Our ecosystems are constantly changing. From water sampling and precipitation measurements to plant phenology observations and bird identification, there are many ways you can participate in NEON-related citizen science activities to better understand the environment you live in. Citizen science is a fun and powerful way to both learn scientific concepts and engage local communities in scientific methods. Citizen science projects also provide an opportunity for people across broad geographic areas to help collect and analyze scientific data. Combined with the long-term data collected by projects and networks like NEON, these data sets are invaluable to scientists and researchers studying ecological change at large spatial and temporal scales.
The following citizen science projects are appropriate for all ages and are related to the types of data we collect:
Are you an educator? Check out our recommended K-12 Activities, including educational standards, for doing hands-on data collection and analysis with students.
The NEON aquatic observations program collects data at aquatic sites featuring streams, large rivers, and lakes. At each site, the project’s aquatic observations characterize channel and lake morphology, organism abundance and diversity, and hydrologic changes. By participating in the following activities and comparing your data to NEON’s aquatic sampling data, you’ll learn how hydrologic conditions, surface water and groundwater quality are changing across the United States.
Activity: Conducting basic monitoring of local waterbodies
Organization: Earth Eco Water Challenge
Related NEON Data: Dissolved oxygen, pH, turbidity
The NEON project collects data using automated sensors mounted on meteorological towers across the United States. Tower Sensors monitor physical and chemical properties of atmosphere-related processes, such as humidity and wind. The following precipitation-related activities will walk you through collecting your own precipitation measurements that can be compared to NEON data. You can also learn how to analyze CO2 data that organizations and projects like NEON are collecting.
Activity: Measuring and mapping precipitation (rain, hail and snow)
Related NEON Data: Precipitation
Field scientists for the NEON project collect observational data of plants, animals, pathogens and microbes at terrestrial field sites across the continent. By participating in the following educational activities, you will be contributing valuable data that can help us understand how plant and animal abundance, diversity, and productivity change long-term.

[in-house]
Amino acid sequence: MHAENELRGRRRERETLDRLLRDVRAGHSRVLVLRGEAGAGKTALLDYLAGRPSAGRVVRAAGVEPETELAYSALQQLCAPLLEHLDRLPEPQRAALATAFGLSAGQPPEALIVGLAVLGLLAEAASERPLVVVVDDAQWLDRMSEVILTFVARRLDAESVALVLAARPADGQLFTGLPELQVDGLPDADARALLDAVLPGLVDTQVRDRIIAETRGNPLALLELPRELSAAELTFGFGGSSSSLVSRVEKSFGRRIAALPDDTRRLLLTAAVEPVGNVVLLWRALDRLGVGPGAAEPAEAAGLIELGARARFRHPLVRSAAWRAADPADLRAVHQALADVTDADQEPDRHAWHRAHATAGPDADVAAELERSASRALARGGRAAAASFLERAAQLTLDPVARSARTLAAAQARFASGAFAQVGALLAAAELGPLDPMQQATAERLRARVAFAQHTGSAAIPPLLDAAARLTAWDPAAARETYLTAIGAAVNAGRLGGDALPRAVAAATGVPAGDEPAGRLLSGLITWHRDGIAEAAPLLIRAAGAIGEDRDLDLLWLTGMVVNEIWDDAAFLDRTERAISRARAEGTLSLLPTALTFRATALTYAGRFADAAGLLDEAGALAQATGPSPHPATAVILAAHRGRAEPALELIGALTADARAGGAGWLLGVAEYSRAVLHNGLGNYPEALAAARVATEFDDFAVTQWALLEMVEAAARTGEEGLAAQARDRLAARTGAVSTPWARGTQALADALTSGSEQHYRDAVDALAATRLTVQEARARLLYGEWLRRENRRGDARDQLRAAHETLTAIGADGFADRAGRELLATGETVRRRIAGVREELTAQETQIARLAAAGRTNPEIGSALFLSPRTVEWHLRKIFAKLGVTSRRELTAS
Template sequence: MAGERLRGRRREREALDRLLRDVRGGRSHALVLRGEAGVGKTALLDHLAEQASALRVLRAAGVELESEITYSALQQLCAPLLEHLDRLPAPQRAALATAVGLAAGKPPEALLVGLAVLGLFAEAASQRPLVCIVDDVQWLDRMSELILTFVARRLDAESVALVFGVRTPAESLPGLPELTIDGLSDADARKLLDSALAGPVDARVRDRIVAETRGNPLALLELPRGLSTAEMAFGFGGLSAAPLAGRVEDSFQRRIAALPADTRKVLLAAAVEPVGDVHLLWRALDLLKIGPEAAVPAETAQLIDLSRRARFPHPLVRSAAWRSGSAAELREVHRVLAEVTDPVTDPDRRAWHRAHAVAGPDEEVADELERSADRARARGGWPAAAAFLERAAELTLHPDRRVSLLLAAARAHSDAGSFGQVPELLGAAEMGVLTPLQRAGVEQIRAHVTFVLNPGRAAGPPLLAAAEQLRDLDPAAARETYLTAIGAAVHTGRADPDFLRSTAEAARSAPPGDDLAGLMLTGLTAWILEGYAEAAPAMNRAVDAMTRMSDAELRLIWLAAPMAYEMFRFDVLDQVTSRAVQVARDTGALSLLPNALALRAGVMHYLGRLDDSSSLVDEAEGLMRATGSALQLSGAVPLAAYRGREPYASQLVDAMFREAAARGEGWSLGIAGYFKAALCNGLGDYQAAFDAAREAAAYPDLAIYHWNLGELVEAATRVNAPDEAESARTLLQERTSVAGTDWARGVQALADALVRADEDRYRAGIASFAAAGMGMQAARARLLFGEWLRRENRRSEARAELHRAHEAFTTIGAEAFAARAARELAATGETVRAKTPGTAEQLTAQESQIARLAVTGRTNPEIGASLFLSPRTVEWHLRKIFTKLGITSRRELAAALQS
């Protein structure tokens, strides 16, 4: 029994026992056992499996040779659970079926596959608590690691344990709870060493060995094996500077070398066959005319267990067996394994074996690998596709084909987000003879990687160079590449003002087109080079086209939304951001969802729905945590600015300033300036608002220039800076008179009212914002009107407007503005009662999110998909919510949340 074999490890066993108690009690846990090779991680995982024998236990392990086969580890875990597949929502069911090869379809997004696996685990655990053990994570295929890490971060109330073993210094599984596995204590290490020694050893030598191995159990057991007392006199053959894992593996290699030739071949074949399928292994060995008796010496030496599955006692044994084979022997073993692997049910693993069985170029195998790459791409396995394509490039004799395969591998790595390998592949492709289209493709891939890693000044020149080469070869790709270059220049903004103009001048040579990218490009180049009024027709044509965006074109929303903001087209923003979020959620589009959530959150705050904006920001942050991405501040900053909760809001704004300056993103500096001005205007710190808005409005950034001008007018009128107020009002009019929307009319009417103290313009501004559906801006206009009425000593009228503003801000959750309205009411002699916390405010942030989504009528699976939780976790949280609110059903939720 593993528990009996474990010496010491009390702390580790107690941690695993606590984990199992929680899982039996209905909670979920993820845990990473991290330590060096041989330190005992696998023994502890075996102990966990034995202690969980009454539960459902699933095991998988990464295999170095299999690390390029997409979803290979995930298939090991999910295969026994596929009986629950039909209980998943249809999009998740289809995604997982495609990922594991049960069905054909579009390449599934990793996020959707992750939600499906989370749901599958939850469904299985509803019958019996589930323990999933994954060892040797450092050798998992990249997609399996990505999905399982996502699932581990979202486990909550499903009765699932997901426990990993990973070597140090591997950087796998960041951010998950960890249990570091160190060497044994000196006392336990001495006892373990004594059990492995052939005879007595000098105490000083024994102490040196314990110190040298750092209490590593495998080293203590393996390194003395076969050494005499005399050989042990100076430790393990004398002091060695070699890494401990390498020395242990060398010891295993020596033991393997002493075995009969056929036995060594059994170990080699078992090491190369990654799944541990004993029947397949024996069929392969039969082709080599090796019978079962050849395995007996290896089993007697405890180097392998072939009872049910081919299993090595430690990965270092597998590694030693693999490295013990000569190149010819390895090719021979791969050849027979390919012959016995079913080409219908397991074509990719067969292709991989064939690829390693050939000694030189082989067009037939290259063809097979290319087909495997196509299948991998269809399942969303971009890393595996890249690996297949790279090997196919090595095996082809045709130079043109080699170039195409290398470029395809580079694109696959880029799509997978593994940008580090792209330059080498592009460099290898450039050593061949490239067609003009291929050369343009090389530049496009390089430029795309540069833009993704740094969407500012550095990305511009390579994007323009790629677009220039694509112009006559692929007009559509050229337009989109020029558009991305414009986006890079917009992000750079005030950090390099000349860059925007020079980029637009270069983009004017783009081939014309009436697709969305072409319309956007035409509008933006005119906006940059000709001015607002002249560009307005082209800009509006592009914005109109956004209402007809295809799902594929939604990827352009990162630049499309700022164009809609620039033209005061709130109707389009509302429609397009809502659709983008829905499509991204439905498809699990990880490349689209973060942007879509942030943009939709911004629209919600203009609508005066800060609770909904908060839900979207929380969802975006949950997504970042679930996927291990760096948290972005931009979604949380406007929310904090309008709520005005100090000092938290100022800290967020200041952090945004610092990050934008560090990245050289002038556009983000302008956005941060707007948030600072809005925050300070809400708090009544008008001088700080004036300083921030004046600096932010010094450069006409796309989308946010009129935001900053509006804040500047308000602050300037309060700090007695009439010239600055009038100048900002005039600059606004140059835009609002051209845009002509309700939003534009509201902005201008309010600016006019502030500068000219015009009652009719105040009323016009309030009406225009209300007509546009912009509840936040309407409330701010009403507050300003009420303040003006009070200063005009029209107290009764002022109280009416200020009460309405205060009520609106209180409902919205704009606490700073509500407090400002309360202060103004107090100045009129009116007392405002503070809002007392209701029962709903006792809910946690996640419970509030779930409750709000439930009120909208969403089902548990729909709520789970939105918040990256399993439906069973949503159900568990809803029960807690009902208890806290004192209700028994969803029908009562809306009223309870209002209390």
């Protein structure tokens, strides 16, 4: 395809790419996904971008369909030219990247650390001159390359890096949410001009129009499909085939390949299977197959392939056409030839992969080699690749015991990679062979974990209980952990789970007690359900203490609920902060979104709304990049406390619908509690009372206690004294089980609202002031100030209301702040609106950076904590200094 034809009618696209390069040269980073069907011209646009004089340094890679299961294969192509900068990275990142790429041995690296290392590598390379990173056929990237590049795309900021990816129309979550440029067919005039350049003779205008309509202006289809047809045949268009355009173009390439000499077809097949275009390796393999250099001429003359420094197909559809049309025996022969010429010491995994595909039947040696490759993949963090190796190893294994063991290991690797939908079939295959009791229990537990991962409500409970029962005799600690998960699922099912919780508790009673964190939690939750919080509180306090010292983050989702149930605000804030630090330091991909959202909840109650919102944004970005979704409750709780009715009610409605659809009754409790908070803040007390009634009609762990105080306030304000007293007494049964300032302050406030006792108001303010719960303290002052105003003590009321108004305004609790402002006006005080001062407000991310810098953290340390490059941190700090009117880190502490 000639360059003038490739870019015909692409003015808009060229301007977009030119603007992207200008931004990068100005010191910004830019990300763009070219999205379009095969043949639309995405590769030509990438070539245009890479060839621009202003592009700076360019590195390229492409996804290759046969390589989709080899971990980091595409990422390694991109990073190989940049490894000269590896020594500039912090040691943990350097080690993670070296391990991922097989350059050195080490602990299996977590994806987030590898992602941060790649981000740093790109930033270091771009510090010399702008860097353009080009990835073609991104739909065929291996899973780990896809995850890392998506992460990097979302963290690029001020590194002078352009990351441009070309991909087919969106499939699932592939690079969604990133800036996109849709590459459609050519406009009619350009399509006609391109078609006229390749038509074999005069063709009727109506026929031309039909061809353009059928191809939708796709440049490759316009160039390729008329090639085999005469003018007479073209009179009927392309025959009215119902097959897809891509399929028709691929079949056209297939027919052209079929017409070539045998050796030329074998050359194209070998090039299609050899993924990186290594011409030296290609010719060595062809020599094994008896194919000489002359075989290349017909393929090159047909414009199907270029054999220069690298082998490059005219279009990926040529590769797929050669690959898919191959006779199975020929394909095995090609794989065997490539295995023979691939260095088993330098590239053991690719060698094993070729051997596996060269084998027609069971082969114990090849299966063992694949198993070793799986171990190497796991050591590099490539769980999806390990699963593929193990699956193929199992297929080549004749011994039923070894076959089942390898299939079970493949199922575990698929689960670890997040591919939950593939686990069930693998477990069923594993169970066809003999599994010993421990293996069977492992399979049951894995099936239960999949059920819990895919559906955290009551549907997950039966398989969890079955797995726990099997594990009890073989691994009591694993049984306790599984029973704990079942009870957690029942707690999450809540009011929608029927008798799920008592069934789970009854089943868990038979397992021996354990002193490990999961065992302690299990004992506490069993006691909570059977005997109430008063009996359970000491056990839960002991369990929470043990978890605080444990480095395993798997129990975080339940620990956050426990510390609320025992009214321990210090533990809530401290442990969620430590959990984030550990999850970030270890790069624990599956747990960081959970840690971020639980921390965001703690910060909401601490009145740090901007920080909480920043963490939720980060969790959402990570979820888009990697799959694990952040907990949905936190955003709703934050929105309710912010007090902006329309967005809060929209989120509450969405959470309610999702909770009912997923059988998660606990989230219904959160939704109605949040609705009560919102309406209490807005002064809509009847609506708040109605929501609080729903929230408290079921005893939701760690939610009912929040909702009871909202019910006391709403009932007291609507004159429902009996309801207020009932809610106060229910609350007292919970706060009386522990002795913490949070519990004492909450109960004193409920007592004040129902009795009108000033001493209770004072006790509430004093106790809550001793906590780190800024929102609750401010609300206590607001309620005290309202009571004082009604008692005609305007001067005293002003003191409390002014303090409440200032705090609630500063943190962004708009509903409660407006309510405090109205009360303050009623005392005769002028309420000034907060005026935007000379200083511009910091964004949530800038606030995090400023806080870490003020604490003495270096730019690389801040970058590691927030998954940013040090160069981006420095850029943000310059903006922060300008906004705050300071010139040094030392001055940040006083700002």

Activity: Observing birds to learn about their abundance and distribution
Organization: eBird - Cornell Lab of Ornithology
Related NEON Data: Breeding landbirds
Activity: Observing plants, animals and microbes to contribute to biodiversity science
Related NEON Data: Plant phenology and diversity, soil microbes, breeding landbirds, small mammals (rodents and shrews), ground beetles (family Carabidae)
Activity: Monitoring plants to learn how they respond to changes in their environments
Organization: Project BudBurst at NEON Sites
Related NEON Data: Plant phenology
The NEON airborne observation platform (AOP) collects annual remote sensing data over NEON field sites using sensors mounted on an airplane. The AOP consists of a hyperspectral imaging spectrometer, a full waveform and discrete return LiDAR, and a high-resolution Red, Blue Green (RGB) camera. By analyzing NEON remote sensing data, as well as other remote sensing data from other sources, we can learn about more about how vegetation cover and density, canopy chemistry, and topography change over time.
Activity: Using Citizen Science to Validate and Scale Plant Phenology from Near-Surface Remote Sensing
Organization: Season Spotter
Related NEON Data: PhenoCam Images, Vegetation greenness and health (NDVI, EVI)
Connecting to NEON's data
In addition to collecting your own data, you can visit the NEON Data Portal and compare your observations to NEON field sites across the country. You can also request free airborne data from NEON. Want to know if a field site is located near you? Explore our Field Site Map.
Are you using NEON data? Share your experiences with us at firstname.lastname@example.org.